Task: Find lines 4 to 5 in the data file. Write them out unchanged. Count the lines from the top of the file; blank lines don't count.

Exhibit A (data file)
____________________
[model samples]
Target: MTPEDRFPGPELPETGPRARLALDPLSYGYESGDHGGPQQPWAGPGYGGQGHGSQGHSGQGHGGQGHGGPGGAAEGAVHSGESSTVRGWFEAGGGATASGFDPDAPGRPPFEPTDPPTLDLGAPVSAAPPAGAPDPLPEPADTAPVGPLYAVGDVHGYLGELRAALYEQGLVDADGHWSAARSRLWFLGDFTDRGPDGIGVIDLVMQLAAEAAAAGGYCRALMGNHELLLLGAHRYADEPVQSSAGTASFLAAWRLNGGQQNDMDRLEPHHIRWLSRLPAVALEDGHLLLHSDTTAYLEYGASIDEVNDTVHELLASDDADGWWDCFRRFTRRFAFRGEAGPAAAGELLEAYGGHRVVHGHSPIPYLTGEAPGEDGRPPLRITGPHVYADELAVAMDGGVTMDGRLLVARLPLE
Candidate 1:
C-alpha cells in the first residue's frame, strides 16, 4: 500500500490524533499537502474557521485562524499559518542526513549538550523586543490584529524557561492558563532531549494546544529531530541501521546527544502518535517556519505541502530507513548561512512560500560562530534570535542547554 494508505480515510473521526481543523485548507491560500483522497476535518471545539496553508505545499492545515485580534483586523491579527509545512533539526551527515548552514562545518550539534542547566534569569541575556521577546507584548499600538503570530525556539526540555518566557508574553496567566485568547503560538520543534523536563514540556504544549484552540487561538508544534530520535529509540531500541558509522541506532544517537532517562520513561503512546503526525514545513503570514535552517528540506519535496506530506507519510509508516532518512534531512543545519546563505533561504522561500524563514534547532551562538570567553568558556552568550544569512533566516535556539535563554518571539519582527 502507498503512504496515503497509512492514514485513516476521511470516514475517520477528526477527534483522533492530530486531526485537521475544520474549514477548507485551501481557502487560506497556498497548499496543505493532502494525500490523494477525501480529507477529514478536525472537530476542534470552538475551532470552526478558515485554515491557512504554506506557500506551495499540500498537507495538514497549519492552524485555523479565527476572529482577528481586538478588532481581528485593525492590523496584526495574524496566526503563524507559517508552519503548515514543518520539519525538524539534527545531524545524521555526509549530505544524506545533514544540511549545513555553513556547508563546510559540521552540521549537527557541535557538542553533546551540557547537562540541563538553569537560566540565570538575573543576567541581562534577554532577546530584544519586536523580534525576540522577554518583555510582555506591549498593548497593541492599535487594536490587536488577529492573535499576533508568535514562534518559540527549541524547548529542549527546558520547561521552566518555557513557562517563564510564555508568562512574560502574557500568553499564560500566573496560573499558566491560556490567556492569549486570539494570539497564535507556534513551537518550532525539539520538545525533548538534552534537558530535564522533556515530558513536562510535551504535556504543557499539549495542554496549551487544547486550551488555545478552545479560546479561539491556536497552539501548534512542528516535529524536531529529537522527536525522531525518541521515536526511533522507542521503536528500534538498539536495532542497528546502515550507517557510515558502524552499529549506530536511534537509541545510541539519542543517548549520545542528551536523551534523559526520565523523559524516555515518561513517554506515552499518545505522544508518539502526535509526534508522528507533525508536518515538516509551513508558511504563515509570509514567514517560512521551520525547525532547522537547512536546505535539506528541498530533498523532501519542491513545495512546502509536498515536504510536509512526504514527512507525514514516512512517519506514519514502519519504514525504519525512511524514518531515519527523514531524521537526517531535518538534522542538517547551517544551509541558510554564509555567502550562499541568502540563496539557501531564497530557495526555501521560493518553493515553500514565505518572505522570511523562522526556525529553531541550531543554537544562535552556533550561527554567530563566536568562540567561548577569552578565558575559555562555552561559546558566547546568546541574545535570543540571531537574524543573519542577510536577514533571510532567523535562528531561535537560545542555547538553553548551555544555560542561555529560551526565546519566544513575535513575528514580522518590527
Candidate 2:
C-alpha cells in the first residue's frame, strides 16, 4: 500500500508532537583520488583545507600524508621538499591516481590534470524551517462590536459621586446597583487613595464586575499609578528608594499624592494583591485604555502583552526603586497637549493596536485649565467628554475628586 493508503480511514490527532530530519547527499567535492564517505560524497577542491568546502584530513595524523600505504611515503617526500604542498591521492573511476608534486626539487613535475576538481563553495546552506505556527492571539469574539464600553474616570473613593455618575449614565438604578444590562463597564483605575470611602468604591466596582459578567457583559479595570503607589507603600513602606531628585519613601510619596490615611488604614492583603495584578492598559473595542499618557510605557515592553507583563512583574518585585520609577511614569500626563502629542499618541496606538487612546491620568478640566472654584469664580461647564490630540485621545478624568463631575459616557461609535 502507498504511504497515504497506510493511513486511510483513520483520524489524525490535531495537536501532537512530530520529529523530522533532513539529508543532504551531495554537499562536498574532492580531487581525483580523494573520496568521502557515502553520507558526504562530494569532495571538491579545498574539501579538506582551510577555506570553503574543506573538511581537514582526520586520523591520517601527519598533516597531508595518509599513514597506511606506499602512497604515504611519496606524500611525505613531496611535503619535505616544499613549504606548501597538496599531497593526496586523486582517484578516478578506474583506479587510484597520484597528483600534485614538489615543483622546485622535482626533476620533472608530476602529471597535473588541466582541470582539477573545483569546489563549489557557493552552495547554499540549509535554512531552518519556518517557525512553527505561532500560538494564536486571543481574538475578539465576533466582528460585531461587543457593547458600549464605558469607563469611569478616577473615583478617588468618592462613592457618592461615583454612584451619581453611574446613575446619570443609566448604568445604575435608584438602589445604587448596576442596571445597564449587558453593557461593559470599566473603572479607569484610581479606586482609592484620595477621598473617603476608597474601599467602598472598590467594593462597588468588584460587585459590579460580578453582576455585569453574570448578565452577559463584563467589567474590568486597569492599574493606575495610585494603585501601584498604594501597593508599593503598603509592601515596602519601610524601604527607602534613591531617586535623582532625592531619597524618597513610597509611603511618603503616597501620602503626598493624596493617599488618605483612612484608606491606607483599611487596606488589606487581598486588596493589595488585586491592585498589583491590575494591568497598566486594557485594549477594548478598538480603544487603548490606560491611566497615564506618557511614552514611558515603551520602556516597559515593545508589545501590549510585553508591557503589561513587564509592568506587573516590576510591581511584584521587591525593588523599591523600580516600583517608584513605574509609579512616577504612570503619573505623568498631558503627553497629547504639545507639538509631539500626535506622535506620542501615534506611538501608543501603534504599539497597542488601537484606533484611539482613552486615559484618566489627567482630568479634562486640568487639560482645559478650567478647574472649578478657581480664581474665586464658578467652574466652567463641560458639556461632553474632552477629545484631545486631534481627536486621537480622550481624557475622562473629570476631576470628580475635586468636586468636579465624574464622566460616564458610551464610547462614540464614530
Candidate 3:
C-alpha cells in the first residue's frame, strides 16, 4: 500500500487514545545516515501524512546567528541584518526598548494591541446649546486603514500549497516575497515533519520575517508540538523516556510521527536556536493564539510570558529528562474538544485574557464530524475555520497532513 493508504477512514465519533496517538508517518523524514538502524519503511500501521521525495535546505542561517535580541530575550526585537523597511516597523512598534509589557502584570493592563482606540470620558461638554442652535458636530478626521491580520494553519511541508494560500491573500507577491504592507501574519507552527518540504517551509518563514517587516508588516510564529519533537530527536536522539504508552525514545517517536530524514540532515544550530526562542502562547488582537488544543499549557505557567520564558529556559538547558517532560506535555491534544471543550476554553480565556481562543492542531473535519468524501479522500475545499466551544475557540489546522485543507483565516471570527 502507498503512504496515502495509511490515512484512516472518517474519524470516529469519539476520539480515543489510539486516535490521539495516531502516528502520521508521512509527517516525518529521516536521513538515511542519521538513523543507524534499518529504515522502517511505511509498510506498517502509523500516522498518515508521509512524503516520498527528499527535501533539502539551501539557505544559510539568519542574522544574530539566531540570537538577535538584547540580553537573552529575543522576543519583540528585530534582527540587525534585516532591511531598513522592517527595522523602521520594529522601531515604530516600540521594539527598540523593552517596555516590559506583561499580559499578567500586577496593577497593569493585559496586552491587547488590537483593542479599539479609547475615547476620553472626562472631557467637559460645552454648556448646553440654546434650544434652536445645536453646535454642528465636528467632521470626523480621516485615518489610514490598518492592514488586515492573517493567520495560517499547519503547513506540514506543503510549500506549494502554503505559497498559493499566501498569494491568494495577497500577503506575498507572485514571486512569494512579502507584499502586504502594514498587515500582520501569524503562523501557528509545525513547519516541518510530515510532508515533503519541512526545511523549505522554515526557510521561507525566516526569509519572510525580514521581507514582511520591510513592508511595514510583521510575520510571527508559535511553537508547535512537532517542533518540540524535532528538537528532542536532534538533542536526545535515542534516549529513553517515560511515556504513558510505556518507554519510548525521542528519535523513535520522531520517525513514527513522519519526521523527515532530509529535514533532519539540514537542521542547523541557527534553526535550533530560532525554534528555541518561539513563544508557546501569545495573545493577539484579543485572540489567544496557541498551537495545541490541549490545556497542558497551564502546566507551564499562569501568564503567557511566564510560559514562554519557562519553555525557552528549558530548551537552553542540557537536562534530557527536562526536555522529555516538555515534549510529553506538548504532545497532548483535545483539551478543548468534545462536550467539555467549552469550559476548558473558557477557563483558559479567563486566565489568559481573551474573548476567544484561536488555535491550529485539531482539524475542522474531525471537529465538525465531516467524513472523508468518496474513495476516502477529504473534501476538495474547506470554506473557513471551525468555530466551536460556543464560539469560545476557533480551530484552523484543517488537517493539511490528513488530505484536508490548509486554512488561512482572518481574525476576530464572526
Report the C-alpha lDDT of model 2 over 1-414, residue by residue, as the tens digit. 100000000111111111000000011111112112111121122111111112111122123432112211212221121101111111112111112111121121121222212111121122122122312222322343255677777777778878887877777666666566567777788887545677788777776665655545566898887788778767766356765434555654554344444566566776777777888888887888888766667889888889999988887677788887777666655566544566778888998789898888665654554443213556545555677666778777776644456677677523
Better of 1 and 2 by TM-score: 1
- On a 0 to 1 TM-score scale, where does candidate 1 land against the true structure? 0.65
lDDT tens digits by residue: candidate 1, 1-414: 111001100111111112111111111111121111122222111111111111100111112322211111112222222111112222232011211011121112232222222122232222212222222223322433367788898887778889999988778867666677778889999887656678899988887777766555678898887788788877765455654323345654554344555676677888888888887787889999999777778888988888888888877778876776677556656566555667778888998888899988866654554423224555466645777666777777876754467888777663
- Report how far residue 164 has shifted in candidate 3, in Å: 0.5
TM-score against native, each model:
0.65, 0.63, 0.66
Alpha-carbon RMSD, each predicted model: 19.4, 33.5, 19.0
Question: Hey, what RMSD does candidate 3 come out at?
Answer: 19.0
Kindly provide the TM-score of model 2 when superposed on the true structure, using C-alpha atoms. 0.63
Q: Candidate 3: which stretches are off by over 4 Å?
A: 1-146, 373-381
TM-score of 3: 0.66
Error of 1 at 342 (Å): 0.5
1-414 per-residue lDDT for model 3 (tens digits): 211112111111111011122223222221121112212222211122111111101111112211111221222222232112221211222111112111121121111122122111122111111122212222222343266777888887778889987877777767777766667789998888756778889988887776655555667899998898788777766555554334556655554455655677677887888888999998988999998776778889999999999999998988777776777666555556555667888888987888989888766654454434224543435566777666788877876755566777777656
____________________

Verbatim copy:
C-alpha cells in the first residue's frame, strides 16, 4: 500500500490524533499537502474557521485562524499559518542526513549538550523586543490584529524557561492558563532531549494546544529531530541501521546527544502518535517556519505541502530507513548561512512560500560562530534570535542547554 494508505480515510473521526481543523485548507491560500483522497476535518471545539496553508505545499492545515485580534483586523491579527509545512533539526551527515548552514562545518550539534542547566534569569541575556521577546507584548499600538503570530525556539526540555518566557508574553496567566485568547503560538520543534523536563514540556504544549484552540487561538508544534530520535529509540531500541558509522541506532544517537532517562520513561503512546503526525514545513503570514535552517528540506519535496506530506507519510509508516532518512534531512543545519546563505533561504522561500524563514534547532551562538570567553568558556552568550544569512533566516535556539535563554518571539519582527 502507498503512504496515503497509512492514514485513516476521511470516514475517520477528526477527534483522533492530530486531526485537521475544520474549514477548507485551501481557502487560506497556498497548499496543505493532502494525500490523494477525501480529507477529514478536525472537530476542534470552538475551532470552526478558515485554515491557512504554506506557500506551495499540500498537507495538514497549519492552524485555523479565527476572529482577528481586538478588532481581528485593525492590523496584526495574524496566526503563524507559517508552519503548515514543518520539519525538524539534527545531524545524521555526509549530505544524506545533514544540511549545513555553513556547508563546510559540521552540521549537527557541535557538542553533546551540557547537562540541563538553569537560566540565570538575573543576567541581562534577554532577546530584544519586536523580534525576540522577554518583555510582555506591549498593548497593541492599535487594536490587536488577529492573535499576533508568535514562534518559540527549541524547548529542549527546558520547561521552566518555557513557562517563564510564555508568562512574560502574557500568553499564560500566573496560573499558566491560556490567556492569549486570539494570539497564535507556534513551537518550532525539539520538545525533548538534552534537558530535564522533556515530558513536562510535551504535556504543557499539549495542554496549551487544547486550551488555545478552545479560546479561539491556536497552539501548534512542528516535529524536531529529537522527536525522531525518541521515536526511533522507542521503536528500534538498539536495532542497528546502515550507517557510515558502524552499529549506530536511534537509541545510541539519542543517548549520545542528551536523551534523559526520565523523559524516555515518561513517554506515552499518545505522544508518539502526535509526534508522528507533525508536518515538516509551513508558511504563515509570509514567514517560512521551520525547525532547522537547512536546505535539506528541498530533498523532501519542491513545495512546502509536498515536504510536509512526504514527512507525514514516512512517519506514519514502519519504514525504519525512511524514518531515519527523514531524521537526517531535518538534522542538517547551517544551509541558510554564509555567502550562499541568502540563496539557501531564497530557495526555501521560493518553493515553500514565505518572505522570511523562522526556525529553531541550531543554537544562535552556533550561527554567530563566536568562540567561548577569552578565558575559555562555552561559546558566547546568546541574545535570543540571531537574524543573519542577510536577514533571510532567523535562528531561535537560545542555547538553553548551555544555560542561555529560551526565546519566544513575535513575528514580522518590527
Candidate 2: